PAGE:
One of these movies opens with a loving family gathered ‘round the ol' kitchen table to have an open and heartfelt conversation about the illness of the family's patriarch and the passing of his brother's wife. The other one is Raising Helen
, where some obnoxious harlot touts her tawdry wares in outfits seemingly designed to tempt men into committing first degree felonies. Malabimba
's opening seance, held to contact Bimba’s recently-deceased mother, may be just an old fashioned version of that demonic Ouija game (and yes, it accidentally led to the medium being temporarily possessed by a demon) but this family has a live-in nun, which automatically makes them more holy than those godless heathens that Kate Hudson is related to. Also, “thou shalt have family game night each Tuesday” may as well be the 11th commandment. Round 1 goes to Malabimba, thanks to a solid European uppercut.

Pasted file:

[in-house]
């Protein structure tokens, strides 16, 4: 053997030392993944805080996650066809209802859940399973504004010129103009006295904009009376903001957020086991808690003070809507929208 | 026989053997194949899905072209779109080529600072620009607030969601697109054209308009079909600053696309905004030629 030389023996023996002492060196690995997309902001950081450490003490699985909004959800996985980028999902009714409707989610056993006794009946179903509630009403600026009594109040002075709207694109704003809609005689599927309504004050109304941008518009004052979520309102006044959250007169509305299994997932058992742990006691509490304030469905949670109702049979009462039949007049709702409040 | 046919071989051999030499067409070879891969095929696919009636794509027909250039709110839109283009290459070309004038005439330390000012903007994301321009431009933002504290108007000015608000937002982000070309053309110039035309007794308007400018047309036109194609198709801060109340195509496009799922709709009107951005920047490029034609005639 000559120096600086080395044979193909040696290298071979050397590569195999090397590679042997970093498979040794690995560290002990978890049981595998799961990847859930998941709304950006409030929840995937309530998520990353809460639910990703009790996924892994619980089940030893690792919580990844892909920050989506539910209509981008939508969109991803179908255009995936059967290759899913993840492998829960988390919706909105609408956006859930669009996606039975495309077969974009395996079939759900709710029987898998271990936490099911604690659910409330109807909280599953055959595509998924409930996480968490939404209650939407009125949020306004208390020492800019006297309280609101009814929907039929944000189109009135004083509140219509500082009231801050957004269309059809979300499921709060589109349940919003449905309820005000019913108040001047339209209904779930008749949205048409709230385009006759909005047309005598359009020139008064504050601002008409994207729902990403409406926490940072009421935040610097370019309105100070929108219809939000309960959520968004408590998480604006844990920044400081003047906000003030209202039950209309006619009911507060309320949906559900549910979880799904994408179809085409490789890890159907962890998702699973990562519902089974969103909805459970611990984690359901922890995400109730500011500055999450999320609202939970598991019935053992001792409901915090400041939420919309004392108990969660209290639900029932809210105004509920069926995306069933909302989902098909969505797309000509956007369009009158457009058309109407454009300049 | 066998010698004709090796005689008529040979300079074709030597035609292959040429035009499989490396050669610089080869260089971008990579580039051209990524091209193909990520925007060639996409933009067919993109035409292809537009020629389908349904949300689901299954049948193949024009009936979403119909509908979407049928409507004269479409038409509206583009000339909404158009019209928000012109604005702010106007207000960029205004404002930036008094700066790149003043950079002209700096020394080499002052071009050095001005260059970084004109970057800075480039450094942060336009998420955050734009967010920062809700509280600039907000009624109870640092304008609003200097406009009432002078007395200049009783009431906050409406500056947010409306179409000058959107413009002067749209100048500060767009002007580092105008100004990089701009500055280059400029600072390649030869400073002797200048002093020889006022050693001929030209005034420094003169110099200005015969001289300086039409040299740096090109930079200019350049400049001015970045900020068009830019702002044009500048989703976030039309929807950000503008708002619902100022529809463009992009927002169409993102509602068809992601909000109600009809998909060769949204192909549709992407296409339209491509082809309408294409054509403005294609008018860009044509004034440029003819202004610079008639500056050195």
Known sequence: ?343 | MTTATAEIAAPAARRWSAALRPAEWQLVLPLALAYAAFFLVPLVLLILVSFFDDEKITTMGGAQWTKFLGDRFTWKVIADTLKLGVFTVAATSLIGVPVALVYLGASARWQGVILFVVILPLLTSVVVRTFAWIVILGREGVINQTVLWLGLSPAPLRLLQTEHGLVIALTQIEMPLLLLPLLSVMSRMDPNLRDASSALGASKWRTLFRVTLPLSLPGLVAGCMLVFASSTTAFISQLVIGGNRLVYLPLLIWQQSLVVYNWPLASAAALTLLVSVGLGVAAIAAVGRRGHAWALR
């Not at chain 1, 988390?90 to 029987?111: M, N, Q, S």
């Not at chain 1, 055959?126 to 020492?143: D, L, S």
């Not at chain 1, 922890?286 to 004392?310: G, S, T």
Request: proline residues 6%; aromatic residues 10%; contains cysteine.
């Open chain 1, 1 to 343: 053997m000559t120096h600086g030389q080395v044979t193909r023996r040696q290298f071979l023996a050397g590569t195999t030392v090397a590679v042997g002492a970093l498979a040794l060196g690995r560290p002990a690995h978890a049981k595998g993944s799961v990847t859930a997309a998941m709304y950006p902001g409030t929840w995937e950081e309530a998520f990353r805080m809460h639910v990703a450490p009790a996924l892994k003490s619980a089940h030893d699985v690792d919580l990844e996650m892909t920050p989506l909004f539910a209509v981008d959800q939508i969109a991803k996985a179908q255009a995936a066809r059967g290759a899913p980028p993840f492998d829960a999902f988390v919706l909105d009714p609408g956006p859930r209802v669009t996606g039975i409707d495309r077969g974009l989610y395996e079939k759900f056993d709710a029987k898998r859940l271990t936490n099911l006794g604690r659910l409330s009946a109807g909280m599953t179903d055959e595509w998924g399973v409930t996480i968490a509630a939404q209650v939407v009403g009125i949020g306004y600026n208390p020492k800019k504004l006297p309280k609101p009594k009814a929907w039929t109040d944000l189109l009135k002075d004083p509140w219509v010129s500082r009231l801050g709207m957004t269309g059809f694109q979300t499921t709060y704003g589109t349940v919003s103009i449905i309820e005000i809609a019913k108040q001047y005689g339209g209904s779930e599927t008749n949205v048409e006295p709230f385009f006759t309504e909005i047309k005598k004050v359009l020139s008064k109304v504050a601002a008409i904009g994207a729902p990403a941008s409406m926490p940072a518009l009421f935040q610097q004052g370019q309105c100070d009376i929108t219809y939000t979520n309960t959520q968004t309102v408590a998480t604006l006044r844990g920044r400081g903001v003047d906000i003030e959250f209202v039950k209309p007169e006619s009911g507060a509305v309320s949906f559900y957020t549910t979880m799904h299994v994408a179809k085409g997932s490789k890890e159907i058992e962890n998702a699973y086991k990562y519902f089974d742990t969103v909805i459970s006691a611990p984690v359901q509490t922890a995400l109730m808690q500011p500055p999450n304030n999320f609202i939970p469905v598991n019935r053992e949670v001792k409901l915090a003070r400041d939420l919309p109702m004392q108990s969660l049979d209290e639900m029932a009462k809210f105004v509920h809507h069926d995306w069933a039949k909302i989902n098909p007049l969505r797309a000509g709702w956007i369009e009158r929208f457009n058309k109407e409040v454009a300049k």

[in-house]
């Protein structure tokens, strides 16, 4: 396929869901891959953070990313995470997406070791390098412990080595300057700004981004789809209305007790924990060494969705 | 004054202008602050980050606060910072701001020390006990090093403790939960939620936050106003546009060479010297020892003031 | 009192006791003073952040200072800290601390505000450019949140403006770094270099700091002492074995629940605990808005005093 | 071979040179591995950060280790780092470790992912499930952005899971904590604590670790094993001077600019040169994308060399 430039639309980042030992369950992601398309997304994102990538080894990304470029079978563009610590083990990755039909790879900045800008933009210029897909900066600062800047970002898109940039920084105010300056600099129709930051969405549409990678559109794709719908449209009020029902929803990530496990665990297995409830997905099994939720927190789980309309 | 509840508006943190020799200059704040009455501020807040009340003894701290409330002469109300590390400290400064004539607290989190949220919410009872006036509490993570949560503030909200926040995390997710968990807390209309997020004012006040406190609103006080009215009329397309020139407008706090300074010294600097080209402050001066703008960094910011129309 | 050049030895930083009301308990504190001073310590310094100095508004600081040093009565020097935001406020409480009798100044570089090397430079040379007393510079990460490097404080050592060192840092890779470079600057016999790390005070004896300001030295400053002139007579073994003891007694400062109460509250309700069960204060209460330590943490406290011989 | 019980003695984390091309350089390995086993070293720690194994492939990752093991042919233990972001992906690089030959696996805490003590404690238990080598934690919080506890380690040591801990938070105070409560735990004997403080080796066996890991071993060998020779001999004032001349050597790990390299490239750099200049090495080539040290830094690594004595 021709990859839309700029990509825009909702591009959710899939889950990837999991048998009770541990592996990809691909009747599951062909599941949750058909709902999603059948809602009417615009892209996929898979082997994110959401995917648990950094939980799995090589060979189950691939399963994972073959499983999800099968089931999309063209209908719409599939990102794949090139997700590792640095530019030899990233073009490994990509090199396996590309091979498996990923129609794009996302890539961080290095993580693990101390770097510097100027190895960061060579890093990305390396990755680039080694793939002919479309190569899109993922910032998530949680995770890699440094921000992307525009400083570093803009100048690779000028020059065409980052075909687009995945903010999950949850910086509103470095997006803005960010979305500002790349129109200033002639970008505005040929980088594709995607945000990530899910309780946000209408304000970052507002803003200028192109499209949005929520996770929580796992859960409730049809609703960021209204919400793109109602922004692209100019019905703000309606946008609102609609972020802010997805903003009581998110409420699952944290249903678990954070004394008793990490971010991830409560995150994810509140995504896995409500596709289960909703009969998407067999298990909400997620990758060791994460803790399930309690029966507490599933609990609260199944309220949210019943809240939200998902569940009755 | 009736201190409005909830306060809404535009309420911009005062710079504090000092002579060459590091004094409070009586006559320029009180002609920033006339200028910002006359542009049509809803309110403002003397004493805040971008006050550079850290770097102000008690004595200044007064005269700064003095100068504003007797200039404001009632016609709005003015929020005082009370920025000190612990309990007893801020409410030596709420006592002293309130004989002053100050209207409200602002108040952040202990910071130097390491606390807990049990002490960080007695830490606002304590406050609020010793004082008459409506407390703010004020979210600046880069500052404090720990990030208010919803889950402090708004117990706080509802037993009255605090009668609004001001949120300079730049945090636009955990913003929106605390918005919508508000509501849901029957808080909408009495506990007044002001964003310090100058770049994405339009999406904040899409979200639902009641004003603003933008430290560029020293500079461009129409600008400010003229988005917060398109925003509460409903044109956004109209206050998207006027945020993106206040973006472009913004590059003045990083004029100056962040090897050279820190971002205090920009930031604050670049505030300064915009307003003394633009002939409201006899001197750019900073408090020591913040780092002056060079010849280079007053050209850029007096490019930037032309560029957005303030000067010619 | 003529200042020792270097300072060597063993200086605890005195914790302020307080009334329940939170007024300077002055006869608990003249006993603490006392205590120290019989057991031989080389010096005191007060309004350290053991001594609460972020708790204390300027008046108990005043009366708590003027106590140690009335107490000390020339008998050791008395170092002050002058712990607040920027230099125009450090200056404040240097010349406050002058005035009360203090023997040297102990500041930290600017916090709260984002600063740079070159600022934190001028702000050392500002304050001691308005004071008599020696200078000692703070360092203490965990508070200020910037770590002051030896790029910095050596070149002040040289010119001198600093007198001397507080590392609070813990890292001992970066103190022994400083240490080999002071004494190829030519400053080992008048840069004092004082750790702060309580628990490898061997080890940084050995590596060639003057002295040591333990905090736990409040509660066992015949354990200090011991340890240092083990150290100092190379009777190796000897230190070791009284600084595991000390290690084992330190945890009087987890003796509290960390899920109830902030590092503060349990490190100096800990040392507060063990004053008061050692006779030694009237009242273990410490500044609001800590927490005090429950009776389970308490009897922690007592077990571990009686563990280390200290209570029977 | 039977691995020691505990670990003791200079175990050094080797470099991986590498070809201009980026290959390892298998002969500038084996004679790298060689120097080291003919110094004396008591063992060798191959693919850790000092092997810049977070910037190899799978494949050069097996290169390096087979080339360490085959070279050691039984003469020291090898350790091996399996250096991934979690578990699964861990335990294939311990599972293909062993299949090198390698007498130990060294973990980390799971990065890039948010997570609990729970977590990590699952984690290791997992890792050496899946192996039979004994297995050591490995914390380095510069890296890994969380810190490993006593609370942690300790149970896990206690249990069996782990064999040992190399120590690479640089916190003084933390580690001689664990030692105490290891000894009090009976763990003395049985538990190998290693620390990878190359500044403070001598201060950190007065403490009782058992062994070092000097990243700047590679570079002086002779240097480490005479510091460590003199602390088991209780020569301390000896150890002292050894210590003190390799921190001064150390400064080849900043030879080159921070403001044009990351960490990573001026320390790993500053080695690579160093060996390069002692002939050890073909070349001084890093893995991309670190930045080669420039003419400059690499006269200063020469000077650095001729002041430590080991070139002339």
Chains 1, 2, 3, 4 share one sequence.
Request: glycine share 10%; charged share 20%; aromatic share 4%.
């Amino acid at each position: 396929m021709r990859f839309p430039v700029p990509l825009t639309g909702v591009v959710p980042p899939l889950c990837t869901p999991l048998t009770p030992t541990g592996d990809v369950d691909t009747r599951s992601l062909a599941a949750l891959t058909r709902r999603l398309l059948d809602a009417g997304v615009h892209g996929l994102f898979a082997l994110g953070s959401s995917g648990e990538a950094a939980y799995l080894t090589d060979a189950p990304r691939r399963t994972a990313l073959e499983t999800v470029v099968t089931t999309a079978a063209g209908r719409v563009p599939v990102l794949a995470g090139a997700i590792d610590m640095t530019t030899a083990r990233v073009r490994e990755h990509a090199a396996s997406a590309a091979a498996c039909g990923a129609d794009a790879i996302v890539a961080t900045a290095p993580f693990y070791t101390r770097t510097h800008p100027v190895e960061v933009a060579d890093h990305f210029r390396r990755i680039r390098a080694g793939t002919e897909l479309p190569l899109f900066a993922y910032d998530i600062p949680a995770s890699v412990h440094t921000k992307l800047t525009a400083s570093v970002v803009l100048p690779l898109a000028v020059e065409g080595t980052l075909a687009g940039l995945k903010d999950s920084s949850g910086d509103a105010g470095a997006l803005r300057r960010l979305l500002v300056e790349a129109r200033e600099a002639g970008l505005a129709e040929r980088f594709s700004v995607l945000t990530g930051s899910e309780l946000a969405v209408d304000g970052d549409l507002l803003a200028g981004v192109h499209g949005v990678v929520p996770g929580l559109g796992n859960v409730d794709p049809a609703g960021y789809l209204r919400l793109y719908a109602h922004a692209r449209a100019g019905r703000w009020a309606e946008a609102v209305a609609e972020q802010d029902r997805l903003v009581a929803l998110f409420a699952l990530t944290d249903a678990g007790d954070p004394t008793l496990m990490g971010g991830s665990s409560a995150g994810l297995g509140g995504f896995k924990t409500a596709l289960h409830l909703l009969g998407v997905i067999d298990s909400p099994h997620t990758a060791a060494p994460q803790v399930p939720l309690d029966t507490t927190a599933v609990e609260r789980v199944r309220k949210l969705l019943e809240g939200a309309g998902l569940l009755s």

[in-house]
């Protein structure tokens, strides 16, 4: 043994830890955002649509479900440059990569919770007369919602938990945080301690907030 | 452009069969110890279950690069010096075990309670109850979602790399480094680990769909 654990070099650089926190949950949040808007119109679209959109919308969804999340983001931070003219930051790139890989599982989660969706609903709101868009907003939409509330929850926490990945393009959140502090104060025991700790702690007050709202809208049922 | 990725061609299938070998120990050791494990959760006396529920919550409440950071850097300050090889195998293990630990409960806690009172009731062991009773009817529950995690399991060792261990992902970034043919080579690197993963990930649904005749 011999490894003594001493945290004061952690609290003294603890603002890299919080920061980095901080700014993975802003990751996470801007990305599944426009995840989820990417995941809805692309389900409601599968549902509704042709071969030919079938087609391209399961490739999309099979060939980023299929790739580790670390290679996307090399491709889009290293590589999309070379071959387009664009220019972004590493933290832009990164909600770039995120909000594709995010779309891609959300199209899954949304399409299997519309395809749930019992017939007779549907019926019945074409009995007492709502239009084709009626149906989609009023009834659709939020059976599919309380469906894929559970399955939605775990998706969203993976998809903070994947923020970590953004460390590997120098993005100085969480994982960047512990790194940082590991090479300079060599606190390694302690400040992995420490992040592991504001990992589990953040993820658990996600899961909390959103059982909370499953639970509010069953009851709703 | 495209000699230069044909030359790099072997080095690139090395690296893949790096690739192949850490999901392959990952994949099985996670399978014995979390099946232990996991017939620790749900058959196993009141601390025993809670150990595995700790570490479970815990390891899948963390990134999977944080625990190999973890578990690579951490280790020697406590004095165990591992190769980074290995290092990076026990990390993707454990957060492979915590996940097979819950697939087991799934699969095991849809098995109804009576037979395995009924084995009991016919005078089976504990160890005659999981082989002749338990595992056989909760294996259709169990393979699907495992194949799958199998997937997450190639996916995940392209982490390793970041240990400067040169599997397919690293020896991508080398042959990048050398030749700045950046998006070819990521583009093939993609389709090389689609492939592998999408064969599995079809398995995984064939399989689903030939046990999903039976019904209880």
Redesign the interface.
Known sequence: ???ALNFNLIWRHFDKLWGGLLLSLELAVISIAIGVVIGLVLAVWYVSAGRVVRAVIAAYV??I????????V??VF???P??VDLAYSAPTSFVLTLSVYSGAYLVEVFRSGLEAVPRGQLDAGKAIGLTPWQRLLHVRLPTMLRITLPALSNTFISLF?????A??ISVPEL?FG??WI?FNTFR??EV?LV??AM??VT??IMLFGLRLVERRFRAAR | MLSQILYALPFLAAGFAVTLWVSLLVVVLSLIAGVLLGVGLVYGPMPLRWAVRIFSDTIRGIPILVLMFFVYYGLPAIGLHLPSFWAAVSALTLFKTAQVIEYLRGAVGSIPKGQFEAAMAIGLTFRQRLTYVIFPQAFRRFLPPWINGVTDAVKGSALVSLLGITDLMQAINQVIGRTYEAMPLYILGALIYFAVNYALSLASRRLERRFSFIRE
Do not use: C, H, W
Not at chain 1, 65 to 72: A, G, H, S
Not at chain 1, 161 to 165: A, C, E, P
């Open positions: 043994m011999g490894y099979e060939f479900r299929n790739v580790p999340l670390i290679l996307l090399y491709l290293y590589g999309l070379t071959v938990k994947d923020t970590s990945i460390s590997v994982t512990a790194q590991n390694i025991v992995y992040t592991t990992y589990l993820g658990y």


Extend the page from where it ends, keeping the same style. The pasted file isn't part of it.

This round opens with a flurry of offensive behavior from the horrid Raising Helen clan, who are so thrilled at the death of their sister, Felicity Huffman, that they seemingly throw a huge party and eat tons of fattening cakes and casseroles. Then she teaches the kids how to smoke, fills them up with pizza and hot dogs, and sleeps with them. Appalling. If this movie was called “Raising Hank” and it starred a male in the lead role, he’d be considered a pedophile for this scene. As a man of the cloth, I’ve had to be informed multiple times that sharing a bed with small children is something I should never be caught doing. That’s why I always train my new altar boys to throw my old altar boys in the incinerator when I’m done with them. It ensures that I won’t have to worry about my altar boys growing up and having some evil psychotherapist drudging up old memories, and lets my new boys know who’s boss. Round 2 also goes to Malabimba, whose live-in nun, Sofia, had to fight off an incubus or something. Good job, Sofia!